The Testosterone Side Effects You Should Know About
Although attitudes towards testosterone supplementing have improved during the last 10 years, many people are still hesitant to use testosterone shots, supplements, gels, or patches.
To some extent, this hesitancy is well-founded as these methods of putting synthetic (i.e. man-made in a laboratory) testosterone into the body have the potential to cause side effects, say medical experts from the Mayo Clinic and WebMD.
Then again, side effects may not be a concern at all. “All medicines may cause side effects, but many people have no, or minor side effects,” explains an article on Drugs.com; speaking about testosterone side effects
The fact is–even after talking to a doctor–you won’t know how your body will respond to a synthetic testosterone product until you try it. But before you try, here are some testosterone side effects you should know about:
Unpleasant/Mild Side Effects
While some side effects aren’t necessarily life threatening or painful, they are still unpleasant in that they can change your appearance and overall body function. Here are just a couple side effects that aren’t dangerous; but are still unsightly, unpleasant and sometimes unavoidable.
Infertility: The body naturally produces testosterone through the testes, but when outside testosterone is put into the body, the testes may stop producing testosterone naturally in order to maintain balance. This stoppage of natural testosterone production can lead to infertility; especially if the testosterone supplement is taken over long periods of time. The best way to avoid this is to take a supplement in cycles.
Acne: When you receive a large, unexpected intake of a testosterone, it throws your body into a hormonal imbalance which leads to increased oil production. And acne is often the result, just like it was during puberty.
Male Pattern Baldness: Testosterone in and of itself does not cause male pattern baldness. Instead, your body naturally converts testosterone in a secondary hormone called DHT (dihydrotestosterone). DHT then causes hair follicles to grow shorter, thin out and eventually lead to male pattern baldness.
Gynecomastia: When individuals increase their testosterone levels, the male body attempts to create a hormonal balance by producing an equal amount of estrogen. Excess estrogen in men can cause fat to build up in the abdomen and pectoral areas giving a woman-like appearance. This is called gynecomastia.
Additional mild side effects reported by the Cleveland Clinic are…
• Mild fluid retention
• Worsening of sleep apnea
• Decreased testicular size and sperm production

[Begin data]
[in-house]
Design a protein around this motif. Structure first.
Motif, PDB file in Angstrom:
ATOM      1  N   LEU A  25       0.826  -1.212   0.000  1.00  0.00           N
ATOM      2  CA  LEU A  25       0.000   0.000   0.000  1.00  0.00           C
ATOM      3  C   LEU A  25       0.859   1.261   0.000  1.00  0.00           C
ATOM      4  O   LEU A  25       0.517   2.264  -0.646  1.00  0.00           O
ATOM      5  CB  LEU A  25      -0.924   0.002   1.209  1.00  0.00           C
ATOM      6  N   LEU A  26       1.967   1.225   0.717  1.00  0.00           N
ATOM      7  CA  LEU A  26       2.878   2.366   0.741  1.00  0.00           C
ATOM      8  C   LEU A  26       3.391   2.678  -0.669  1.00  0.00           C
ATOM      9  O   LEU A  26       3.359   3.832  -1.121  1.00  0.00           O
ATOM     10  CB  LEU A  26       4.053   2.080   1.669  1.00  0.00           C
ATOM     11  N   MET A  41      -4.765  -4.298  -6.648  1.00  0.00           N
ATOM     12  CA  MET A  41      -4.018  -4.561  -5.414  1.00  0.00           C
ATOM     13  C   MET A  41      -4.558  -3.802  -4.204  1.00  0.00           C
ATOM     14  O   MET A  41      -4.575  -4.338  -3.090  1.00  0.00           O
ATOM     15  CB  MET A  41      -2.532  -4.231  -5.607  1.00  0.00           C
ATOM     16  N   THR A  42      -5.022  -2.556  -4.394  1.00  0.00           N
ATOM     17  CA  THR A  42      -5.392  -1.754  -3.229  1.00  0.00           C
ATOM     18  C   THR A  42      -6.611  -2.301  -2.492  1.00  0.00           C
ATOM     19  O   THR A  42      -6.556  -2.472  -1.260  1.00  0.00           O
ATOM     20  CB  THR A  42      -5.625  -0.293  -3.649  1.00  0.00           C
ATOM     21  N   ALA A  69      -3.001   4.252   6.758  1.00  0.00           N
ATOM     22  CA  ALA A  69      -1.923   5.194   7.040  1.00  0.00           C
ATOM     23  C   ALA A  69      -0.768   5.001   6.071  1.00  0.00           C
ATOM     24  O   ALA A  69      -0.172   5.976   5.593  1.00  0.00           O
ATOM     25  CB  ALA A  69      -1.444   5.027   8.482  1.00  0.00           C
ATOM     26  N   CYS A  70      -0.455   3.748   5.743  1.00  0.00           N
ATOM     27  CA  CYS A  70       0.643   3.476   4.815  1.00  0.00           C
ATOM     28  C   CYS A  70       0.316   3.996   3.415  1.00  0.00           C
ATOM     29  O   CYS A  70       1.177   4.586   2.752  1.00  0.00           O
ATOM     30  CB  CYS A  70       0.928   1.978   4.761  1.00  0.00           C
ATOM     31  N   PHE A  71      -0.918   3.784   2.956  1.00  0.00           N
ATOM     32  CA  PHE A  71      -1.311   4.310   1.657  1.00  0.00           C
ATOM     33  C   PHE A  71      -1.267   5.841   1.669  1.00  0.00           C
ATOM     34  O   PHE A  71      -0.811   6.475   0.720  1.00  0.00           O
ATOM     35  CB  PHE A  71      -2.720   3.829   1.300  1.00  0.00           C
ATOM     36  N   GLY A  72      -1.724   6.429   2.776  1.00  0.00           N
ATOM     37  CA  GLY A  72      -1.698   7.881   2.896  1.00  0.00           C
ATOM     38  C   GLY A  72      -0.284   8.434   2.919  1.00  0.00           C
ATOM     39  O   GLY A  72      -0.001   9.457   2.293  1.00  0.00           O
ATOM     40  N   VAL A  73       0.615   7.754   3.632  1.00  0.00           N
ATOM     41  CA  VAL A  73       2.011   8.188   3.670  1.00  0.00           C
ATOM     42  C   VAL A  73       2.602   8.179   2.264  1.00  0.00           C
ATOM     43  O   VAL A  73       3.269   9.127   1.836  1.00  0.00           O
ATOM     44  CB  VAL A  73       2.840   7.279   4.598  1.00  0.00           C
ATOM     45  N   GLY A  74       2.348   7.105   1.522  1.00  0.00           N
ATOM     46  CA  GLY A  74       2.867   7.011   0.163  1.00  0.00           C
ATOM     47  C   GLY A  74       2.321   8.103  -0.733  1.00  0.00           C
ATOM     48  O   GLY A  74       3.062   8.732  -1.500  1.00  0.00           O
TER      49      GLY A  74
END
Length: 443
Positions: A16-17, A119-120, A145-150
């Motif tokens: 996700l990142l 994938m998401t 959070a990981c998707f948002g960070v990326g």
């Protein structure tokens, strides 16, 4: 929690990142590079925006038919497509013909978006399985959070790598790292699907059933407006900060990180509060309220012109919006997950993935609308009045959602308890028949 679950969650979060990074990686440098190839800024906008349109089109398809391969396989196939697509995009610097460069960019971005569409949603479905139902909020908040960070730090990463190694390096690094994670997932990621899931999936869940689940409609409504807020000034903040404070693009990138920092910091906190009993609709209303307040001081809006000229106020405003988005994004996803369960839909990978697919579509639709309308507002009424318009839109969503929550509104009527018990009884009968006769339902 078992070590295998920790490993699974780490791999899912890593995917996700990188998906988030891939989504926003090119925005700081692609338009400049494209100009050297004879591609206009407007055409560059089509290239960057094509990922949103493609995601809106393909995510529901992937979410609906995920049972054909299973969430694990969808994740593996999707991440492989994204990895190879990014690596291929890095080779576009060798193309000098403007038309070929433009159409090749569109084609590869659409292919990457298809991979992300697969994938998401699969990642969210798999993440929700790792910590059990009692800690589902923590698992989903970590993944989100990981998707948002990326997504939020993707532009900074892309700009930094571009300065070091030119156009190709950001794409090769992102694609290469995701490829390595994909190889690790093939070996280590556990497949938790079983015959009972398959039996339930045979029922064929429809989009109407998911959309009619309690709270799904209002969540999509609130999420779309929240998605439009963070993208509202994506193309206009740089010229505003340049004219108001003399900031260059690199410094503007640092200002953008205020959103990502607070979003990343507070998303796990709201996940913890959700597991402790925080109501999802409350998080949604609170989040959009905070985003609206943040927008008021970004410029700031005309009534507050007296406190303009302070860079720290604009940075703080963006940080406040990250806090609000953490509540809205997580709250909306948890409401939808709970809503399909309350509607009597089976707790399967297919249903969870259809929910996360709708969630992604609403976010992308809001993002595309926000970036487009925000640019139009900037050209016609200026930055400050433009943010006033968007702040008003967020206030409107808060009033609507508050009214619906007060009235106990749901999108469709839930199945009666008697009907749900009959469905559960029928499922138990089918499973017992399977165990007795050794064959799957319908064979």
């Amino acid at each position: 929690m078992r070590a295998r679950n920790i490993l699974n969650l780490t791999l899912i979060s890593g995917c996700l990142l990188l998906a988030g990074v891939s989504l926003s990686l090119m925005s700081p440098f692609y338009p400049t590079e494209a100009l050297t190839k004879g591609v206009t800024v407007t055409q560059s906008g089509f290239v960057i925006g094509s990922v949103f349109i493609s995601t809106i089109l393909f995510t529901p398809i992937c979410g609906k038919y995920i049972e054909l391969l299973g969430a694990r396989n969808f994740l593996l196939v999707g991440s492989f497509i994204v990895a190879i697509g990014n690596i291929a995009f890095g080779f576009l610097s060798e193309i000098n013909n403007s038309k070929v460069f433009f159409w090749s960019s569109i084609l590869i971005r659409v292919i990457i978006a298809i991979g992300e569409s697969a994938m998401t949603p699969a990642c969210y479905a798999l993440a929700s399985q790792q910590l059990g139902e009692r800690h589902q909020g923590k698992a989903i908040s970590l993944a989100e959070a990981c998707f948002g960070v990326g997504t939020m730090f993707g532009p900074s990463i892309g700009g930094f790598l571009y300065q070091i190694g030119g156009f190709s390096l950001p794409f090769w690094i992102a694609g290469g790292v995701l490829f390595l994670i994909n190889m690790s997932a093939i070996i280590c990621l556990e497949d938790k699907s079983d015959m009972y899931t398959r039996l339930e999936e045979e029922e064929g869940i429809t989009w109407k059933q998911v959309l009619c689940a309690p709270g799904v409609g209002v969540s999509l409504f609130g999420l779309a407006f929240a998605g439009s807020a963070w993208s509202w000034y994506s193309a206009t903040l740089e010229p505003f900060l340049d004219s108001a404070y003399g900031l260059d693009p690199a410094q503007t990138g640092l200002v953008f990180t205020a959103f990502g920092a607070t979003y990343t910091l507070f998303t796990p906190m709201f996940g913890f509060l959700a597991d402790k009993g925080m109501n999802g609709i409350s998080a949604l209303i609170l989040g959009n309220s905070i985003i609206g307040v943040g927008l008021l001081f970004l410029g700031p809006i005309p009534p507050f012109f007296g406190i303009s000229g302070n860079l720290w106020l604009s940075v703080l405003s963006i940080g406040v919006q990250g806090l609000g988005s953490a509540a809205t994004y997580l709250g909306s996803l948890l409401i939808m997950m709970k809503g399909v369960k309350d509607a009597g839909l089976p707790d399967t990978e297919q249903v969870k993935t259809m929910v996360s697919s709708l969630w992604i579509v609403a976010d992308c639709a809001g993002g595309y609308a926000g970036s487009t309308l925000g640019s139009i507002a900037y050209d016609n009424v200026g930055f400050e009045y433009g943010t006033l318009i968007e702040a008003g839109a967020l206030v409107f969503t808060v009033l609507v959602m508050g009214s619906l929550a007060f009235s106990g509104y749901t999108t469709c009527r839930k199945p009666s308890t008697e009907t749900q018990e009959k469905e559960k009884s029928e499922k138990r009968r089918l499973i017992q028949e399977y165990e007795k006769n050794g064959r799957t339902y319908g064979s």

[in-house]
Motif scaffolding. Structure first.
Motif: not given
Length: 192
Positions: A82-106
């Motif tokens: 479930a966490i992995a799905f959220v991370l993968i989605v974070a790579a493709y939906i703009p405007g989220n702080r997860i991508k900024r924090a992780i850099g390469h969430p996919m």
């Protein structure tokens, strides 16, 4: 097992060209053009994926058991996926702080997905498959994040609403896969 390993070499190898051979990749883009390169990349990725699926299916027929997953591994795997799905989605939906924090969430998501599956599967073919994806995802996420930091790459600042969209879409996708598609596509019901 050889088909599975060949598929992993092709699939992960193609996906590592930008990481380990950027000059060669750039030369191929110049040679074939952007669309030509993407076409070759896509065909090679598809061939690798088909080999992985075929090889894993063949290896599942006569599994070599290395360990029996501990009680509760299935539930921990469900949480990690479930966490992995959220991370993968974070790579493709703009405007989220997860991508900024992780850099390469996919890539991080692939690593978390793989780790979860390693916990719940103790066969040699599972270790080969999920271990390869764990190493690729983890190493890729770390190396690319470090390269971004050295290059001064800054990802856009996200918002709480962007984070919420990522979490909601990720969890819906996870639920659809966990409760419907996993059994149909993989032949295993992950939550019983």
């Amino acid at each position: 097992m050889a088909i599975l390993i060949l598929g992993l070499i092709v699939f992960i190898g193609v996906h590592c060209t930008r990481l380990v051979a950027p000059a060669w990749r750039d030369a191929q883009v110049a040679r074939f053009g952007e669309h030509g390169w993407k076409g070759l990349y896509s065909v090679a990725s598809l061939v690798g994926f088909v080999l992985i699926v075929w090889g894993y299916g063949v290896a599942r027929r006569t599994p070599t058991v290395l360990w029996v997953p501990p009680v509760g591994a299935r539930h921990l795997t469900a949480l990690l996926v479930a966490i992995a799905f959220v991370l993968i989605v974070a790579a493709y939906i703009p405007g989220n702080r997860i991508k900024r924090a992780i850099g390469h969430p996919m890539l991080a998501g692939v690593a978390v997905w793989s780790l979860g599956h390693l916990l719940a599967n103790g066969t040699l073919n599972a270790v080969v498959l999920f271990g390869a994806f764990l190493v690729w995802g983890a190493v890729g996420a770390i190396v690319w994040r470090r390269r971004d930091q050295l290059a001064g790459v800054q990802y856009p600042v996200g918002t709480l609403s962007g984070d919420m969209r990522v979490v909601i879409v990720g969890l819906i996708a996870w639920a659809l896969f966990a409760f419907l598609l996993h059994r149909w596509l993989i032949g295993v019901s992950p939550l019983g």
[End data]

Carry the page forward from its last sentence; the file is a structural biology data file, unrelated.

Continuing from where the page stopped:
Dangerous Side Effects
Along with some of the unsightly testosterone side effects, synthetic products also pose the risk of potentially dangerous effects. Most of these effects aren’t always avoidable and may seem relatively rare, but should still be taken into account.
Liver Damage: Testosterone products, especially ones you consume orally, pose the risk of serious liver problems.
Enlarged Prostate: While the cause is still relatively unknown, some researchers claim that estrogen and DHT may be a factor in prostate enlargement. DHT and estrogen can be increased with higher testosterone levels.
Higher Red Blood Cell Count: According to the Mayo Clinic, testosterone may cause your body to make too many red blood cells (polycythemia), which might increase your risk for heart disease.
How to Avoid Testosterone Side Effects
In order to avoid these common side effects associated with synthetic testosterone products, there are a few steps you can follow.
1. Go Natural: Look for natural testosterone boosters that contain ingredients like magnesium and zinc. Extracts from plants–such as fenugreek, eurycoma longifolia, and tribulus terrestris–can also be helpful. If Mother Nature did not intend for it to be in your body, stay away from it!
2. Follow Directions: Some testosterone boosters require a cycle period where you go on the supplement for a number of weeks followed by an “off period.” There is a reason manufacturers suggest this, so follow those recommendations.
3. Do Some Research: Many companies claim to use safe and effective ingredients, but the testing behind those ingredients may be faulty. When researching an ingredient, ask yourself a few questions: “Was the study in vitro, in rats, or in humans?” “What was the dosage used and does the product contain the effective amount?” “What was the average age of participants?”
The truth is, some products–synthetic and natural–give the entire market a bad name, but not all products cause testosterone side effects. With a little research, you can find a product that effectively increases testosterone levels without causing risky and unpleasant side effects.